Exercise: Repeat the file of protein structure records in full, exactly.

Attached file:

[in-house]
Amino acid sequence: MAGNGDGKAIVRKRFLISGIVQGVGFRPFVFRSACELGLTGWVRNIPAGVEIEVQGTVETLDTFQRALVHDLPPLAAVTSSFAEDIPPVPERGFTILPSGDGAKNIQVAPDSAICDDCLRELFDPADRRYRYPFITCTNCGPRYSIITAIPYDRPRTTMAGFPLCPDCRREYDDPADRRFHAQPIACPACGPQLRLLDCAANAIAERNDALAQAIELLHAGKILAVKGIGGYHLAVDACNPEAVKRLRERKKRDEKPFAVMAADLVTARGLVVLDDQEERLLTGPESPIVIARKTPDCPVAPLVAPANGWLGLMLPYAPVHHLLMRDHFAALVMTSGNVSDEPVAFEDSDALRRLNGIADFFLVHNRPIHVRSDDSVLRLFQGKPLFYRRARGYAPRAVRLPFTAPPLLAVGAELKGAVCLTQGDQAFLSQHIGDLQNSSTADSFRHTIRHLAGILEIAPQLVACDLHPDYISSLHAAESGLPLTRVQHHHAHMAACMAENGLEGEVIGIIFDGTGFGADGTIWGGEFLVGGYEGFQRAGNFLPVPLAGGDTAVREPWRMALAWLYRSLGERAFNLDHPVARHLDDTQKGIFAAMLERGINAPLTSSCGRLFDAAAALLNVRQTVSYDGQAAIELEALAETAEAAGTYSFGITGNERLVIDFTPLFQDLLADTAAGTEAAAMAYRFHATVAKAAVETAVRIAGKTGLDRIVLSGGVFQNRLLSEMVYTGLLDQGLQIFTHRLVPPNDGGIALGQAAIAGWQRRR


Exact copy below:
[in-house]
Amino acid sequence: MAGNGDGKAIVRKRFLISGIVQGVGFRPFVFRSACELGLTGWVRNIPAGVEIEVQGTVETLDTFQRALVHDLPPLAAVTSSFAEDIPPVPERGFTILPSGDGAKNIQVAPDSAICDDCLRELFDPADRRYRYPFITCTNCGPRYSIITAIPYDRPRTTMAGFPLCPDCRREYDDPADRRFHAQPIACPACGPQLRLLDCAANAIAERNDALAQAIELLHAGKILAVKGIGGYHLAVDACNPEAVKRLRERKKRDEKPFAVMAADLVTARGLVVLDDQEERLLTGPESPIVIARKTPDCPVAPLVAPANGWLGLMLPYAPVHHLLMRDHFAALVMTSGNVSDEPVAFEDSDALRRLNGIADFFLVHNRPIHVRSDDSVLRLFQGKPLFYRRARGYAPRAVRLPFTAPPLLAVGAELKGAVCLTQGDQAFLSQHIGDLQNSSTADSFRHTIRHLAGILEIAPQLVACDLHPDYISSLHAAESGLPLTRVQHHHAHMAACMAENGLEGEVIGIIFDGTGFGADGTIWGGEFLVGGYEGFQRAGNFLPVPLAGGDTAVREPWRMALAWLYRSLGERAFNLDHPVARHLDDTQKGIFAAMLERGINAPLTSSCGRLFDAAAALLNVRQTVSYDGQAAIELEALAETAEAAGTYSFGITGNERLVIDFTPLFQDLLADTAAGTEAAAMAYRFHATVAKAAVETAVRIAGKTGLDRIVLSGGVFQNRLLSEMVYTGLLDQGLQIFTHRLVPPNDGGIALGQAAIAGWQRRR